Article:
04 October 2014
I was back in Wexford town last night for the removal of Tommy Carr, a stalwart of the trade union movement and the Labour Party in the town, and three times Mayor of Wexford.
Tommy’s coffin, draped with the “Starry Plough” of the Labour and trade union movement, was carried into Bride Street Church by George Lawlor, Mayor of Wexford, and other Wexford councillors.
Tommy, who was a daily communicant in Bride Street Chuch, was received by Father Jim Fegan, the Administrator or Parish Priest of Wexford, and I was honoured when he asked me the read the Gospel reading. Father Jim recalled Tommy’s many years of service to Wexford town, county and community and movingly described service as “love made visible.”
The attendance included the Tanaiste (Deputy Prime Minister), Joan Burton, the Labour Minister and Wexford TD Brendan Howlin, his brother Ted Howlin, who had been Mayor of Wexford three times before his recent retirement from politics, and former mayors including Joe Ryan.
Tommy worked closely for many years with their father, John Howlin, in the union offices in Corish Hall in Main Street, Wexford. When the 1973 general election was called, I was working as a journalist with the Wexford People, my social values were developing but I had no political affiliations. I walked across the street into the Corish Hall asking which party was going to do its best for the poor people of the town. I already knew Tommy Carr and John Howlin, and they promptly assured me I was in the right place.
Two of us travelled down to Wexford early yesterday afternoon in heavy, driving rain, and had lunch in the Ferrycarrig Hotel, looking out onto the estuary of the River Slaney.
Our early arrival in Wexford and the heavy rain outside also provided the opportunity to see around Bride Street Church, one of Wexford’s great Gothic Revival churches and one of the town’s “Twin Churches.”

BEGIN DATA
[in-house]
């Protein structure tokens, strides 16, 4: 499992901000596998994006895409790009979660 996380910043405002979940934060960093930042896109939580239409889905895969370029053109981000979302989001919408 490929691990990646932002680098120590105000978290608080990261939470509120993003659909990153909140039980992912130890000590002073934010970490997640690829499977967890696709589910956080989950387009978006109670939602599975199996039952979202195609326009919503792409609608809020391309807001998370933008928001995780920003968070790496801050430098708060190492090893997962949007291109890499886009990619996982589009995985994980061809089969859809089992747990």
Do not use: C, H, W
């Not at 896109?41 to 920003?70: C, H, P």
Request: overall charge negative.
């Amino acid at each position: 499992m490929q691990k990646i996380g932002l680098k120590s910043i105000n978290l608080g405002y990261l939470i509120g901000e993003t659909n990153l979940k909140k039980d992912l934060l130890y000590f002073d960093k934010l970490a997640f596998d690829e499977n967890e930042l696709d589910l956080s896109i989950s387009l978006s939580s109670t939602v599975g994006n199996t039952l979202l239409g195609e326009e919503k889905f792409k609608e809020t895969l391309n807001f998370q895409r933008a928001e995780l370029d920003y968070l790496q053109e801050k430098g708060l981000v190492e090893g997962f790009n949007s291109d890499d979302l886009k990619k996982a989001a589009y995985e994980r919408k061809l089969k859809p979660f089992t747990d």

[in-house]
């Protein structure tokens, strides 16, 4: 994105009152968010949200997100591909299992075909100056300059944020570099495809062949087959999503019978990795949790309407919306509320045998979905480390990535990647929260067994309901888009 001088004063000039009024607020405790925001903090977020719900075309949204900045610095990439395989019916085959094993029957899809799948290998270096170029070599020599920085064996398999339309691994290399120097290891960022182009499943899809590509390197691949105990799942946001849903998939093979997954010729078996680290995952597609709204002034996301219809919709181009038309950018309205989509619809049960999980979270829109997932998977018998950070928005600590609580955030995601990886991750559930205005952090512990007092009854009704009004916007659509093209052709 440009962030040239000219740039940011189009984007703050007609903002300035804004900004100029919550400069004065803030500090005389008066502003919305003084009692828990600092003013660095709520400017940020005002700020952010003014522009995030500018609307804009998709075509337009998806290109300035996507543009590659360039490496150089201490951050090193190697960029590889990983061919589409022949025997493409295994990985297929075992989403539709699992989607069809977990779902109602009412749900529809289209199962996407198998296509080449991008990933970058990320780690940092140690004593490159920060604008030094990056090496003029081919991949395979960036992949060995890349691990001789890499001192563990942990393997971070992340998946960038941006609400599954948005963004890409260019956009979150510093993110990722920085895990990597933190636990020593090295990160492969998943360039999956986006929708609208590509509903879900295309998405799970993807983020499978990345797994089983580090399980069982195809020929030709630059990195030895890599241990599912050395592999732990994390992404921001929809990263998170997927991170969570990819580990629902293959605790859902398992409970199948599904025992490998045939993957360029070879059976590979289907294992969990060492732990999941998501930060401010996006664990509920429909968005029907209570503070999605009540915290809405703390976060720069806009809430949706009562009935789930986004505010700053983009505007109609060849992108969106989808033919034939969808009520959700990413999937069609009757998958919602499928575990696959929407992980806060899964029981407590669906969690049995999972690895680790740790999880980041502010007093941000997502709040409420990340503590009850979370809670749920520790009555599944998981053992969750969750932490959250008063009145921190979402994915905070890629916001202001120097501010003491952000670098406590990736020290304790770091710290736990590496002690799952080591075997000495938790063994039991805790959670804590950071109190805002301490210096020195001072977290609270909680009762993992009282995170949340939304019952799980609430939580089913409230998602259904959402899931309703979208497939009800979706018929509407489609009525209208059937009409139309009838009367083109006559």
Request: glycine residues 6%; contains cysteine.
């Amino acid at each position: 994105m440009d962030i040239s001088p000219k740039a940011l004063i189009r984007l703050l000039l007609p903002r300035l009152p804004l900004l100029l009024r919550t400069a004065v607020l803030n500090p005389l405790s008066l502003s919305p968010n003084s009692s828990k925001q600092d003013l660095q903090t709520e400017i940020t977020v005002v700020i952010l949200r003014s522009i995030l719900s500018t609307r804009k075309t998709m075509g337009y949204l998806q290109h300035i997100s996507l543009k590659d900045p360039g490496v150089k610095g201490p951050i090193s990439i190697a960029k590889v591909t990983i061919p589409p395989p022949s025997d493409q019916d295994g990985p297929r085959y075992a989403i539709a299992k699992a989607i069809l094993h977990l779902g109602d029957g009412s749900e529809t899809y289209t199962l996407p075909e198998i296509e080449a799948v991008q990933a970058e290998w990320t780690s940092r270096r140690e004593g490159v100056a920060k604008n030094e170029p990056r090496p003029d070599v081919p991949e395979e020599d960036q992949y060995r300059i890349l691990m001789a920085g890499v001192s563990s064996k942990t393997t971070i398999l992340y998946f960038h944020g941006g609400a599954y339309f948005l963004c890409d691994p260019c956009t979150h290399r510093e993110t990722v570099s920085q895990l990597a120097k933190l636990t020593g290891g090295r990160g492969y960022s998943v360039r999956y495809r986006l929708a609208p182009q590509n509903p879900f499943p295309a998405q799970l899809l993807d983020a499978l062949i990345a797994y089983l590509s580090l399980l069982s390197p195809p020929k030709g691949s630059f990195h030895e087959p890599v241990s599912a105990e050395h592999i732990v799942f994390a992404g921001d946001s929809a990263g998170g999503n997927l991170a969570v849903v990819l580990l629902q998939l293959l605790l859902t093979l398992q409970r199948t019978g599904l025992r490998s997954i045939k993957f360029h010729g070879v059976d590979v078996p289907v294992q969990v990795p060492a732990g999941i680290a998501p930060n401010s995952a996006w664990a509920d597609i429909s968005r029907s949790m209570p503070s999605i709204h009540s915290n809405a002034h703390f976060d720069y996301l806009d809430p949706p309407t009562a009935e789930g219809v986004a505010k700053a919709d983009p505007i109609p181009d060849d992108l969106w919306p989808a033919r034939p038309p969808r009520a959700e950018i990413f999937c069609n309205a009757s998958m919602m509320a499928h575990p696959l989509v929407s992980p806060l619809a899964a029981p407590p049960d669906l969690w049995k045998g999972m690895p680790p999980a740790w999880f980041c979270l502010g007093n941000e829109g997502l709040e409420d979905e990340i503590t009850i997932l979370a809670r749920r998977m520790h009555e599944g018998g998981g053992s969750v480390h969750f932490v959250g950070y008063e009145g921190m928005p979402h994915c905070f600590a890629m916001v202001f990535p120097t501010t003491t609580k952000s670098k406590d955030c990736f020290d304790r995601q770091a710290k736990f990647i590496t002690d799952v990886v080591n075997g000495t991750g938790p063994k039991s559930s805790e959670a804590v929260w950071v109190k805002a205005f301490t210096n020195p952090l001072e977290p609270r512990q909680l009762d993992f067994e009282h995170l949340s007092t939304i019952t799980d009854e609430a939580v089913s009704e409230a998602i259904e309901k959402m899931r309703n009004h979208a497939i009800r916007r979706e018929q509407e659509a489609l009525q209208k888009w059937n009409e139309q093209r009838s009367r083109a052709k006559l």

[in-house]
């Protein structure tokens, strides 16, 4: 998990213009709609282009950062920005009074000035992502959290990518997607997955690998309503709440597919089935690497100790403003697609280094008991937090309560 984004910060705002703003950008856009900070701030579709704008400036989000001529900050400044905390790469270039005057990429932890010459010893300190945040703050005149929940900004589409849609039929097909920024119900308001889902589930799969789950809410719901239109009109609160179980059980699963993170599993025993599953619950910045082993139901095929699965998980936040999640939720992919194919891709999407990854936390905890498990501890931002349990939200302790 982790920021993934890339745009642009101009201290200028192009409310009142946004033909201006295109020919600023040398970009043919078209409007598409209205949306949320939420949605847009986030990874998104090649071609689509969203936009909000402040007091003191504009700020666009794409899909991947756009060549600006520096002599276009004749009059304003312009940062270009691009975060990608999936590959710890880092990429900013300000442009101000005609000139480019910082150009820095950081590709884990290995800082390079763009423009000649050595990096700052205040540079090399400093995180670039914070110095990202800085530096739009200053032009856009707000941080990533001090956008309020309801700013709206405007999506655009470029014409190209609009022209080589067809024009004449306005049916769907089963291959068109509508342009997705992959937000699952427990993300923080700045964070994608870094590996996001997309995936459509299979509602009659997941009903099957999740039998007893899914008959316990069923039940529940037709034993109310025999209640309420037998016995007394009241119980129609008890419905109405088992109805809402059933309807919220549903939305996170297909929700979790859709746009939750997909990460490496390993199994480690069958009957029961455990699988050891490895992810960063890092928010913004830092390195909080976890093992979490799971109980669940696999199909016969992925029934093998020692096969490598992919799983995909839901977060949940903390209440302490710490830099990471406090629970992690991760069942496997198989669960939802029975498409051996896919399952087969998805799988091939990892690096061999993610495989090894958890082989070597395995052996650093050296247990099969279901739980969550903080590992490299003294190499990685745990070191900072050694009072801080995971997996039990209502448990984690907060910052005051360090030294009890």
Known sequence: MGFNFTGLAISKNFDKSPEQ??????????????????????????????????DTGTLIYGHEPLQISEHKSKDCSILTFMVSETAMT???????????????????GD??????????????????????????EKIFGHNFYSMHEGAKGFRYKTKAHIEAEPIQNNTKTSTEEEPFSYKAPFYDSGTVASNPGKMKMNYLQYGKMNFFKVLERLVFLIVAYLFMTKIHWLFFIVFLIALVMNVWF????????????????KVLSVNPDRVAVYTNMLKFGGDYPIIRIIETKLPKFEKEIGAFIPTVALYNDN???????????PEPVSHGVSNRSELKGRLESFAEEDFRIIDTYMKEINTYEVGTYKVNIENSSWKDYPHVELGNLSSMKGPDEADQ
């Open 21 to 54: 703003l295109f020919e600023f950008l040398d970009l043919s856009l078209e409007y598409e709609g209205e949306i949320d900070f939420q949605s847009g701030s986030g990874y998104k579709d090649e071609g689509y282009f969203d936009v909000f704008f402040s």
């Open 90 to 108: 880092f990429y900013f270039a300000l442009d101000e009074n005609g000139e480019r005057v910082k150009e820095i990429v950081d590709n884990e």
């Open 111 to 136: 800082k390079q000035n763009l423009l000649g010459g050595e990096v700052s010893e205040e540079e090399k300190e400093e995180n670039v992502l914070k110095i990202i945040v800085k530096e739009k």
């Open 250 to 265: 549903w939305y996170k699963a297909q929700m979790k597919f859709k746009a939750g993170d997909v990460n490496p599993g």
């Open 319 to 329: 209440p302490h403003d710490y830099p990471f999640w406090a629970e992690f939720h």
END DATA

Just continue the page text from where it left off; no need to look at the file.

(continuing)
The “Twin Churches” are the Church of the Assumption or Bride Street Church, on the corner of Bride Street and Joseph Street, and the Church of the Immaculate Conception or Rowe Street Church, on the corner of Upper Rowe Street and Lower John Street.
Their identical spires long defined the Wexford skyline until the building of the new Opera House in High Street.
The twin churches are architectural masterpieces by Wexford’s own Gothic Revival architect, Richard Pierce (1801-1854) from Kilmore.
In his earlier churches in Co Wexford, Pierce worked in a largely rural context, designing simplified “barn” chapels. His earliest churches include Saint Mary Magdalene’s Catholic Church, Bunclody (Newtownbarry), which was built in 1825-1826, Saint Mary’s Church, Kilmyshall (1831), outside Bunclody, and All Saints’ Church, Castledockrell (1840).
Pierce’s church at Kilmyshall is typical of a single-cell “barn chapel” with its architectural “effect” supplied by the pointed profile of the openings producing a Georgian Gothic theme, and a distinctive parapeted frontispiece.
His church in Bunclody was demolished in 1970, but the two other surviving churches are “barn chapel” buildings and are entered through Georgian Gothic frontispieces surmounted by simple cut-granite bellcotes. These two churches are similar to his church in Bunclody, and when that church was being demolished in 1970, the inscription “Rd. Pierce” was uncovered behind the altar.